[127]:
example_interactions = plip.correct_protein_residue_numbers(
    ligand_interaction_data=example_interactions, protein_first_residue_number=701
)

Now we can use the function create_dataframe_of_ligand_interactions to create a dataframe for each specific interaction type, by providing its Enum.

For example, to create a dataframe for hydrophobic interactions present in example_interactions:

[128]:
plip.create_dataframe_of_ligand_interactions(
    ligand_interaction_data=example_interactions,
    interaction_type=plip.Consts.InteractionTypes.HYDROPHOBIC,
)
[128]:
RESNR RESTYPE RESCHAIN RESNR_LIG RESTYPE_LIG RESCHAIN_LIG DIST LIGCARBONIDX PROTCARBONIDX LIGCOO PROTCOO
0 726 VAL A 1 UNL A 3.45 3098 2474 (16.972, 34.065, 10.778) (19.4, 36.488, 11.163)
1 841 ARG A 1 UNL A 3.64 3088 2995 (21.727, 32.808, 16.072) (22.764, 29.723, 17.692)
2 854 THR A 1 UNL A 3.78 3102 3065 (17.965, 31.875, 10.656) (16.714, 28.916, 12.649)
3 855 ASP A 1 UNL A 3.91 3102 3068 (17.965, 31.875, 10.656) (19.977, 28.578, 10.059)

Demonstration of the nglview helper module

This module uses the NGLview Jupyter widget to implement functions for visualization of protein related data, such as the protein structure itself, protein binding sites, docking poses inside the protein and their interactions with specific residues. It is used in several classes of the pipeline, e.g. Protein, Docking and InteractionAnalysis.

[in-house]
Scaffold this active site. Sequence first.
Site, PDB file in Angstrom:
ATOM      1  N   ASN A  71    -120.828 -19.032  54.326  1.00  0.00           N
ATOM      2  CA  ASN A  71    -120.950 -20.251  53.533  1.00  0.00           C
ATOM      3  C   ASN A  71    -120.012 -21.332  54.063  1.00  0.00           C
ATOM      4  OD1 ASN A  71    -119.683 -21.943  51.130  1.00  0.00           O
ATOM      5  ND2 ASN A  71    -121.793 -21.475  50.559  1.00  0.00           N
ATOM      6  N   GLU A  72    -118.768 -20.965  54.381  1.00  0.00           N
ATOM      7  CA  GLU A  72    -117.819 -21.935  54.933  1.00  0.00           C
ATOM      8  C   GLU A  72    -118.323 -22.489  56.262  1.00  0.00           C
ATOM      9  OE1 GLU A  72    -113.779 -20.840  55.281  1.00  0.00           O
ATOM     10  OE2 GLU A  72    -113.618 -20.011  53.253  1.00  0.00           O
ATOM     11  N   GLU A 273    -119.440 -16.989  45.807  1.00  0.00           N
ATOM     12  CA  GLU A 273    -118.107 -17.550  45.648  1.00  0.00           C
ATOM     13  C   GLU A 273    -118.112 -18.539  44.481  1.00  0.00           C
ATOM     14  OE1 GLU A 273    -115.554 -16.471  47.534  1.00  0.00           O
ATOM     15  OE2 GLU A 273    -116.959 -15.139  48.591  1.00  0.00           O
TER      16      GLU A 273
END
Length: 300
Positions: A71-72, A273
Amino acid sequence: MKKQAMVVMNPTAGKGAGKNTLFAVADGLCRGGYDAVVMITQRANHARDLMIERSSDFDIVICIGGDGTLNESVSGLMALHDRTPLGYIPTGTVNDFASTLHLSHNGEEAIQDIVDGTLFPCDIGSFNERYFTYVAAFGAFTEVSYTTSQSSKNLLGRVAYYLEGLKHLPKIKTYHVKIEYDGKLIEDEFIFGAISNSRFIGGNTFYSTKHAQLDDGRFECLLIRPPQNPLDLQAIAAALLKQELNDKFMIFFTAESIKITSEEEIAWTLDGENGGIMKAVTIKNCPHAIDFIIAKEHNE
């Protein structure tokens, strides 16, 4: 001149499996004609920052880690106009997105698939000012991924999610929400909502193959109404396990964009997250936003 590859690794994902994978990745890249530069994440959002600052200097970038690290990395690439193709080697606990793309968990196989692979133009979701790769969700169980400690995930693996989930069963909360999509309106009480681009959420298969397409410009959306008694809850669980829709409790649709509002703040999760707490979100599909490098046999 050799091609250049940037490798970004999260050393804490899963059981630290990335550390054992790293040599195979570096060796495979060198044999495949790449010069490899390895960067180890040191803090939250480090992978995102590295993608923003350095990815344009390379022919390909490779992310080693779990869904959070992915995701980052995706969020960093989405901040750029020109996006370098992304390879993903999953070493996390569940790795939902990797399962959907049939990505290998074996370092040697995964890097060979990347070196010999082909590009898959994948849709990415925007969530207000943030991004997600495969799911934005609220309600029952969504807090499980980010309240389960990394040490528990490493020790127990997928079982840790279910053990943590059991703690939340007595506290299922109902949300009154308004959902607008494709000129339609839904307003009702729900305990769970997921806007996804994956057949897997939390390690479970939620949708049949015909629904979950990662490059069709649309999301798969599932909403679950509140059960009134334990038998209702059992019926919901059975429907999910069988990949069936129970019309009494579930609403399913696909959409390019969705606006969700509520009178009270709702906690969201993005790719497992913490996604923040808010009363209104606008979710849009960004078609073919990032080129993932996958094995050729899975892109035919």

[129]:
from utils.helpers import nglview

We can visualize a protein structure using its PDB-code or local PDB filepath, by using the function protein. If we provide an output_image_filename, a static image of the protein will also be downloaded:

[130]:
nglview.protein(input_type="pdb_code", input_value="3w32")

The function binding_site can visualize a binding pocket in the protein. We must provide the protein structure (either as PDB-code or PDB file) and the CCP4 file describing the binding pocket (generated by DoGSiteScorer):

[131]:
nglview.binding_site(
    protein_input_type="pdb_code",